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The Flume Formation exposed in Jasper National Park, Alberta, is a widespread sheetlike carbonate body, 100-250 ft thick, which served as a platform for the overlying 1,200-ft thick, areally restricted Miette bank of the Cairn and Southesk Formations.
Platform deposition of the present Miette bank began on a pre-Devonian, topographically high erosin surface. During marine transgression across this surface, a broad shelf lagoon formed in which shallow subtidal to supratidal carbonates of the platform evolved. Shoaling conditions were maintained throughout platform evolution over this high by carbonate sedimentation buildup and perhaps gradual uplift. During relatively rapid inundation, most of the platform was covered with basinal carbonate mudstones of the Perdrix Formation. Stromatoporoids were able to survive only on the shallowest parts of the platform. In essence, the overlying Miette bank represents localized continuation of platform growth.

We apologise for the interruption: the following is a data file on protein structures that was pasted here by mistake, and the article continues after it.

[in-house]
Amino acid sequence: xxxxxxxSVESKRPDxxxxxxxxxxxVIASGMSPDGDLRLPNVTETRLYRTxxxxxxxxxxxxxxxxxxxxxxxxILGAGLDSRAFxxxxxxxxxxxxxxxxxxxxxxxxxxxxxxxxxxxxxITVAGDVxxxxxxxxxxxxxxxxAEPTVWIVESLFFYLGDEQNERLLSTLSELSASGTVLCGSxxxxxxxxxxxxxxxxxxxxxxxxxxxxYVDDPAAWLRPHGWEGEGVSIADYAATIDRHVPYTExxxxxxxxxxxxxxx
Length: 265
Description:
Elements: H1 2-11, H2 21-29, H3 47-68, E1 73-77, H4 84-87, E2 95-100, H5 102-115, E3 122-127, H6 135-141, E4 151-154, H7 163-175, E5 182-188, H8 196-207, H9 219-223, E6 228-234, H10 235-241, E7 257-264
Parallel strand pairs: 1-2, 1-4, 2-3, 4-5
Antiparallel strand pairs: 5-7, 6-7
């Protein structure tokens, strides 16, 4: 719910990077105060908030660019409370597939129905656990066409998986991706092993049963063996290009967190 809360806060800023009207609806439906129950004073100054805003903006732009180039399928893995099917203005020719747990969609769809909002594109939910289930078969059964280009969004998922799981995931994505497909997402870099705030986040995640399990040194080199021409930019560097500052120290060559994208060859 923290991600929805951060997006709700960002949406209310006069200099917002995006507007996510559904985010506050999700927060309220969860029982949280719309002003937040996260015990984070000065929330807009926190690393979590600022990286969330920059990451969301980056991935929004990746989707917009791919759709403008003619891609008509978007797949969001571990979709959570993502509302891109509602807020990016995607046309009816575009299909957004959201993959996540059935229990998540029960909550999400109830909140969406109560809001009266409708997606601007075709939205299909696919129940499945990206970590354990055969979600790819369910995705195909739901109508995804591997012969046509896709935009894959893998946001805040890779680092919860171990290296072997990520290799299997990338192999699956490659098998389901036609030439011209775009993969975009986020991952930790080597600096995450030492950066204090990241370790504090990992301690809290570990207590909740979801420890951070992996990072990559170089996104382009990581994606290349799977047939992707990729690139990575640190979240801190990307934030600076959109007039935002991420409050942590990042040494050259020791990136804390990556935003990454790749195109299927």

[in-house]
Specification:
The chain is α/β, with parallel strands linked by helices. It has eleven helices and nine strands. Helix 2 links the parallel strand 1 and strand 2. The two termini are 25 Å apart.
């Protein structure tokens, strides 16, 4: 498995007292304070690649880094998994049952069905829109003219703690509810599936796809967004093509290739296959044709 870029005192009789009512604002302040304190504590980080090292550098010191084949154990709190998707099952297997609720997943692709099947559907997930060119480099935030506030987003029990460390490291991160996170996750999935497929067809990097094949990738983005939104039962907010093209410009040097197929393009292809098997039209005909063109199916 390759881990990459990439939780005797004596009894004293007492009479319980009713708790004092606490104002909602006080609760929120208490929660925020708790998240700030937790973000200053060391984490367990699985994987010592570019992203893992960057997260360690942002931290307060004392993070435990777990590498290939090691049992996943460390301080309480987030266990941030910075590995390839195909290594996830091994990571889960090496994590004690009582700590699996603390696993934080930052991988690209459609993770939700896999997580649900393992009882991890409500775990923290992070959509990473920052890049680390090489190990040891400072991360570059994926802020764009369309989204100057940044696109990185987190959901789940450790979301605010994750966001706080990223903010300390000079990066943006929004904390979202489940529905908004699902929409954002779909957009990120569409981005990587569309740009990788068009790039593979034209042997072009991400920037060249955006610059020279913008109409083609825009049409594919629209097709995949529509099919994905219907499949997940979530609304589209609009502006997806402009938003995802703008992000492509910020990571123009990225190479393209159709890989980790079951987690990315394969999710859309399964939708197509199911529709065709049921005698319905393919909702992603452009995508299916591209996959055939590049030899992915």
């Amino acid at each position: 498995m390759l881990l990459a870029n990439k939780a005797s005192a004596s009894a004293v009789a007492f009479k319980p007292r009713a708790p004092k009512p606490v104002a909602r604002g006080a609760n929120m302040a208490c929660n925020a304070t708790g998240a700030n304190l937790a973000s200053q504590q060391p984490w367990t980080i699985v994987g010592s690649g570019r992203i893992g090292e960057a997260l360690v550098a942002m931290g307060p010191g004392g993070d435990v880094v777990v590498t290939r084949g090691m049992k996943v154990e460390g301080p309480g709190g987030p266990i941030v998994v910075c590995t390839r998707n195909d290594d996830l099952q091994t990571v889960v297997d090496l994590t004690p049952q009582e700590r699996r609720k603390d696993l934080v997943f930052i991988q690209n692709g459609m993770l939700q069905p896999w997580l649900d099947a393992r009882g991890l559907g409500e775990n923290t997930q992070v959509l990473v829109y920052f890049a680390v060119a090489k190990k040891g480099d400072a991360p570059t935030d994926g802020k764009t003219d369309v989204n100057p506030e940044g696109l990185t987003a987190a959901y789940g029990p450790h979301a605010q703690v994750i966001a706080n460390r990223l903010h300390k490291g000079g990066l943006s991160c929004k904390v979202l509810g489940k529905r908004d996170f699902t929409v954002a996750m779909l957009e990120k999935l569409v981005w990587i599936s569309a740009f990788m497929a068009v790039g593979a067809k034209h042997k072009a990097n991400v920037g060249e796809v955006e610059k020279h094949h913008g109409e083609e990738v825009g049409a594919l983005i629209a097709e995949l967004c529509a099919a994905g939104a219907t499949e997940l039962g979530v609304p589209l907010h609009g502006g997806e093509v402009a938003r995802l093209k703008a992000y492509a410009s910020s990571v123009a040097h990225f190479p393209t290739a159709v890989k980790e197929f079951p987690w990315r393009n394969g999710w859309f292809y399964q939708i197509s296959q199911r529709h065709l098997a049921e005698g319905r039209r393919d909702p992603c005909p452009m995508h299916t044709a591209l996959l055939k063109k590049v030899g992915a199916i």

Bankward the lower platform member thins and the upper platform member thickens. As the upper platform member thickens, tidal flat and shallow subtidal deposits appear and thicken, and deeper subtidal deposits thin and disappear. These changes generally occur within 1-5 mi from the bank.
Widespread carbonate units which served as platforms for overlying banks can be important both in determining bank proximity, and in understanding relations between platform genesis, bank inception, and localization.
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